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6.2.1 NNTP

Subscribing to a foreign group from an NNTP server is rather easy. You just specify nntp as method and the address of the NNTP server as the, uhm, address.

If the NNTP server is located at a non-standard port, setting the third element of the select method to this port number should allow you to connect to the right port. You'll have to edit the group info for that (see Foreign Groups).

The name of the foreign group can be the same as a native group. In fact, you can subscribe to the same group from as many different servers you feel like. There will be no name collisions.

The following variables can be used to create a virtual nntp server:

nntp-server-opened-hook
is run after a connection has been made. It can be used to send commands to the NNTP server after it has been contacted. By default it sends the command MODE READER to the server with the nntp-send-mode-reader function. This function should always be present in this hook.
nntp-authinfo-function
This function will be used to send ‘AUTHINFO’ to the NNTP server. The default function is nntp-send-authinfo, which looks through your ~/.authinfo (or whatever you've set the nntp-authinfo-file variable to) for applicable entries. If none are found, it will prompt you for a login name and a password. The format of the ~/.authinfo file is (almost) the same as the ftp ~/.netrc file, which is defined in the ftp manual page, but here are the salient facts:
  1. The file contains one or more line, each of which define one server.
  2. Each line may contain an arbitrary number of token/value pairs.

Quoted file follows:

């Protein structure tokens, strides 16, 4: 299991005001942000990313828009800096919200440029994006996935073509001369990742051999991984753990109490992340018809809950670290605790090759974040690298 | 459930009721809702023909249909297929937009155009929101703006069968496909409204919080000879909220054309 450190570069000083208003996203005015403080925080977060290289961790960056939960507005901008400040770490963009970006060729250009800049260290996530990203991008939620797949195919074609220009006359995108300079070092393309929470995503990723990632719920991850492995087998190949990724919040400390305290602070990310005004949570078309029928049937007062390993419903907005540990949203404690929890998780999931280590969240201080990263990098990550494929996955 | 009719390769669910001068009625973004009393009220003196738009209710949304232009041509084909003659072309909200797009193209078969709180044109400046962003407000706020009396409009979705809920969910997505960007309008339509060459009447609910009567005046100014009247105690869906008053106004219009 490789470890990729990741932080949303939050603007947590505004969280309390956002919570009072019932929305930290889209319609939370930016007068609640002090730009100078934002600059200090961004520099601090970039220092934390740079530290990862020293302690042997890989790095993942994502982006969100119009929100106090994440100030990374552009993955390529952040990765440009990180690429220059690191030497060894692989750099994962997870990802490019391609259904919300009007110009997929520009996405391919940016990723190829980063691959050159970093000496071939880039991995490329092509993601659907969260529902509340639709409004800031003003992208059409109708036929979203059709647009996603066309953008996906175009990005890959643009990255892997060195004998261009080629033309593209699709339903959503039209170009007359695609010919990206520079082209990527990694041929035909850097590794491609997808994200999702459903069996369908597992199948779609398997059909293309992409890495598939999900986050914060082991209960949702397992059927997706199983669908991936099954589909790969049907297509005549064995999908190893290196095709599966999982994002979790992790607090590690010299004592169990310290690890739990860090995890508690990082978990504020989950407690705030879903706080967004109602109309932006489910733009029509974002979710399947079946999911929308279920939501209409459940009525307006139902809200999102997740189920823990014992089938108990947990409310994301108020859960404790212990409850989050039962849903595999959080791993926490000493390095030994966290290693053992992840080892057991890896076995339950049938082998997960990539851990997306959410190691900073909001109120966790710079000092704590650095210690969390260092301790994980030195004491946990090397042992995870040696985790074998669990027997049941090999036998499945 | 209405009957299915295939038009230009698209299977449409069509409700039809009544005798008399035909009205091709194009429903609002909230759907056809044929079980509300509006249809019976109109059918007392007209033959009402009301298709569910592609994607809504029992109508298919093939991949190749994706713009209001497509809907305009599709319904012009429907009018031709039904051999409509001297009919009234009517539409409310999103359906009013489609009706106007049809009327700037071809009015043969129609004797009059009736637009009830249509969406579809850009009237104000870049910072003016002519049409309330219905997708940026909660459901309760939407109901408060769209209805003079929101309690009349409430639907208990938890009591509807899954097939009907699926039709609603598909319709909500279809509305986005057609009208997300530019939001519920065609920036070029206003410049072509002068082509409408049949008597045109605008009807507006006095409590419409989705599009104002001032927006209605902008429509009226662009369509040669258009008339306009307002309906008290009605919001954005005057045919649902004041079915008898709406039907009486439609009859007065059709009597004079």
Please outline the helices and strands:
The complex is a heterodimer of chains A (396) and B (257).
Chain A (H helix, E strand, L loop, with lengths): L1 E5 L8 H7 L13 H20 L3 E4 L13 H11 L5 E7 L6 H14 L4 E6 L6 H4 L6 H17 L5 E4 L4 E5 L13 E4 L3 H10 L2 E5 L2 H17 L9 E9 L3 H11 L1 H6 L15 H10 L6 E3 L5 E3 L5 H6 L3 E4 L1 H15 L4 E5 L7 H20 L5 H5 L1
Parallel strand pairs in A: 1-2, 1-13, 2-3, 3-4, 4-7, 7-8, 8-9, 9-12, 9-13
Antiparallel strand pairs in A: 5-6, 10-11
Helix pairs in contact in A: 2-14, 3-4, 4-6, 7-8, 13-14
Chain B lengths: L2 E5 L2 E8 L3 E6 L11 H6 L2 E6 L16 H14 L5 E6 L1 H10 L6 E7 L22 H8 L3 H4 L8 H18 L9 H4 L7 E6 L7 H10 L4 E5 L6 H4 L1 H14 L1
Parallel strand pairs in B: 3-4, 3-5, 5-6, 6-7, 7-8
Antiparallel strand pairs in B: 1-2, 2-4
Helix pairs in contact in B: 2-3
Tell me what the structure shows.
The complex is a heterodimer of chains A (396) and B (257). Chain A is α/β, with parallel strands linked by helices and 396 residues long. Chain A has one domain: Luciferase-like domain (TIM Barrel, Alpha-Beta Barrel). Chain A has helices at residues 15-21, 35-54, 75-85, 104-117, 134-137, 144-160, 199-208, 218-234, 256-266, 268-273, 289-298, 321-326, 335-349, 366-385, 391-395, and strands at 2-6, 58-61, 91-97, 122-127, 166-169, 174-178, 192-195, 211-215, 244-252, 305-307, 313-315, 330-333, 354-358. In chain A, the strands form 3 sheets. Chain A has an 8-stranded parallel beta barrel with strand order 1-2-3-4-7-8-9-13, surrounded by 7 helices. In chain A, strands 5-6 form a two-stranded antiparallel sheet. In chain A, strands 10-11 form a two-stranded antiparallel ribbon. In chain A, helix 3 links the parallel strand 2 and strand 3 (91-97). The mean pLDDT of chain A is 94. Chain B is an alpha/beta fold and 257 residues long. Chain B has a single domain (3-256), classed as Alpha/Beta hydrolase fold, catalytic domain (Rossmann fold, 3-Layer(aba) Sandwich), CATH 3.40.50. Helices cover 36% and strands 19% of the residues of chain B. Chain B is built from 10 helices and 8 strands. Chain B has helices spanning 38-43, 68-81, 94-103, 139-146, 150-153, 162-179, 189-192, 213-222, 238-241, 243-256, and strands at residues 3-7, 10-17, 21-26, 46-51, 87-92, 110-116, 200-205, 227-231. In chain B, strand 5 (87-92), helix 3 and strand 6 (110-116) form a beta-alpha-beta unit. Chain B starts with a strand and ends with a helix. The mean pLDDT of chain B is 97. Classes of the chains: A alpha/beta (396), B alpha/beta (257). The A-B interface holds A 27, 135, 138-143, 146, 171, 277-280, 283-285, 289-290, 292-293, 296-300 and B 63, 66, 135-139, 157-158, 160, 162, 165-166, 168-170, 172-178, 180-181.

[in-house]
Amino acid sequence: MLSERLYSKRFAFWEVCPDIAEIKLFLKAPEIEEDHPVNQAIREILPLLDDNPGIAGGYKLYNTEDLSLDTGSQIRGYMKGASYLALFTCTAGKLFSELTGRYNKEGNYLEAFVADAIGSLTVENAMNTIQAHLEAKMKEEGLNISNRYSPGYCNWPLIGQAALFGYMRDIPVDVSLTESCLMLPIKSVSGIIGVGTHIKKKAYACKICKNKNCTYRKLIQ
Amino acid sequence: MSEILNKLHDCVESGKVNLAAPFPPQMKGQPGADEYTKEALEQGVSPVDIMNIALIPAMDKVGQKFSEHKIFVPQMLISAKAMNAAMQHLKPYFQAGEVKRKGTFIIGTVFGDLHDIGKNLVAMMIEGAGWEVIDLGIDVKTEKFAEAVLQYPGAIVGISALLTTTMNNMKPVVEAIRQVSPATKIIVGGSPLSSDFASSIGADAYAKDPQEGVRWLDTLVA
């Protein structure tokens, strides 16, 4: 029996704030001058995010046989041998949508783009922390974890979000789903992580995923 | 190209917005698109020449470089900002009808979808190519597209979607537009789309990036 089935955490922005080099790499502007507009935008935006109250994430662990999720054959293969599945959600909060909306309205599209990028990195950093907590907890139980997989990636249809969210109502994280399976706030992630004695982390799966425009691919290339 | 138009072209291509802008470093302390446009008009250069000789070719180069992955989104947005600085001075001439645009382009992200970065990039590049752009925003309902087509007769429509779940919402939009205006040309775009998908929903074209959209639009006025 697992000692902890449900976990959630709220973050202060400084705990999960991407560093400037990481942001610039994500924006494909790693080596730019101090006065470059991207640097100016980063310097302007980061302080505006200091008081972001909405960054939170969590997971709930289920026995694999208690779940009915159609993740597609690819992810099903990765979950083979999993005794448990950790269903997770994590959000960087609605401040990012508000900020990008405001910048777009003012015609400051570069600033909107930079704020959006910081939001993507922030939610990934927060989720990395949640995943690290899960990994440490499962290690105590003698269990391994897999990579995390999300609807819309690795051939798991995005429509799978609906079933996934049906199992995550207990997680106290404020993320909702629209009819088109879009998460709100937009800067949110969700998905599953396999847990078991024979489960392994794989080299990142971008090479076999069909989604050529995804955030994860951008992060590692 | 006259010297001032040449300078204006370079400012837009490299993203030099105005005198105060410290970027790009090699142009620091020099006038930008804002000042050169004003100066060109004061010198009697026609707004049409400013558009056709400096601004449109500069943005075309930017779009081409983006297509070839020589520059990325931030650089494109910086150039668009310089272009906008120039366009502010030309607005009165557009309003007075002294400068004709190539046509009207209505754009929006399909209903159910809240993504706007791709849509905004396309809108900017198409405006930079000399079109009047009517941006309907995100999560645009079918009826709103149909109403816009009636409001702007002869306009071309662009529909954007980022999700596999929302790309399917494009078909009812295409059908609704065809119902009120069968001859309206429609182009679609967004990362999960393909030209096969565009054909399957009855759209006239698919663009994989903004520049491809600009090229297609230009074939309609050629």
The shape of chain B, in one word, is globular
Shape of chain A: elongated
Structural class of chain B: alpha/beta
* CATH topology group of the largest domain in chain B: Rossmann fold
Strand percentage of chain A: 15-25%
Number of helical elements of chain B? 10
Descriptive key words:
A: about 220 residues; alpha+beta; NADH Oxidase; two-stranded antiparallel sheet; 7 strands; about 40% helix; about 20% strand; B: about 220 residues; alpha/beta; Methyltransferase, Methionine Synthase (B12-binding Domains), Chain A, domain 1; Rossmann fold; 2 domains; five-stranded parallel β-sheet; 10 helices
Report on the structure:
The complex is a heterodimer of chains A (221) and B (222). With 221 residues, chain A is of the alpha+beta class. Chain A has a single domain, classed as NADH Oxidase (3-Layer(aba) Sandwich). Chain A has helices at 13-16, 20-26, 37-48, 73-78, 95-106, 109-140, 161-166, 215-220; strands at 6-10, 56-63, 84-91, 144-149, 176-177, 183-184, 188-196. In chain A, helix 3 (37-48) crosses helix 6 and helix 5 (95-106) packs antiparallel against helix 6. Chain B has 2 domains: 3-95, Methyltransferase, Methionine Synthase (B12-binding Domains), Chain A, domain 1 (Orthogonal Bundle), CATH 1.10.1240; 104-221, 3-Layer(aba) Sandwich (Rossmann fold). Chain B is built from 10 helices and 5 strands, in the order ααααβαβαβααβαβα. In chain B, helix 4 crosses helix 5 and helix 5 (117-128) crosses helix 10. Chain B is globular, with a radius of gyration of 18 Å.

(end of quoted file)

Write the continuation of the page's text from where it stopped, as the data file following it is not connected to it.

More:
The valid tokens include ‘machine’, ‘login’, ‘password’, ‘default’. In addition Gnus introduces two new tokens, not present in the original .netrc/ftp syntax, namely ‘port’ and ‘force’. (This is the only way the .authinfo file format deviates from the .netrc file format.) ‘port’ is used to indicate what port on the server the credentials apply to and ‘force’ is explained below.

Here's an example file:

          machine news.uio.no login larsi password geheimnis
          machine nntp.ifi.uio.no login larsi force yes

The token/value pairs may appear in any order; ‘machine’ doesn't have to be first, for instance.

In this example, both login name and password have been supplied for the former server, while the latter has only the login name listed, and the user will be prompted for the password. The latter also has the ‘force’ tag, which means that the authinfo will be sent to the nntp server upon connection; the default (i.e., when there is not ‘force’ tag) is to not send authinfo to the nntp server until the nntp server asks for it.

You can also add ‘default’ lines that will apply to all servers that don't have matching ‘machine’ lines.

          default force yes

This will force sending ‘AUTHINFO’ commands to all servers not previously mentioned.

Remember to not leave the ~/.authinfo file world-readable.

nntp-server-action-alist
This is a list of regexps to match on server types and actions to be taken when matches are made. For instance, if you want Gnus to beep every time you connect to innd, you could say something like:
          (setq nntp-server-action-alist
                '(("innd" (ding))))

You probably don't want to do that, though.

The default value is

          '(("nntpd 1\\.5\\.11t"
             (remove-hook 'nntp-server-opened-hook
                          'nntp-send-mode-reader)))

This ensures that Gnus doesn't send the MODE READER command to nntpd 1.5.11t, since that command chokes that server, I've been told.

nntp-maximum-request
If the NNTP server doesn't support NOV headers, this back end will collect headers by sending a series of head commands. To speed things up, the back end sends lots of these commands without waiting for reply, and then reads all the replies. This is controlled by the nntp-maximum-request variable, and is 400 by default. If your network is buggy, you should set this to 1.
nntp-connection-timeout
If you have lots of foreign nntp groups that you connect to regularly, you're sure to have problems with NNTP servers not responding properly, or being too loaded to reply within reasonable time. This is can lead to awkward problems, which can be helped somewhat by setting nntp-connection-timeout. This is an integer that says how many seconds the nntp back end should wait for a connection before giving up. If it is nil, which is the default, no timeouts are done.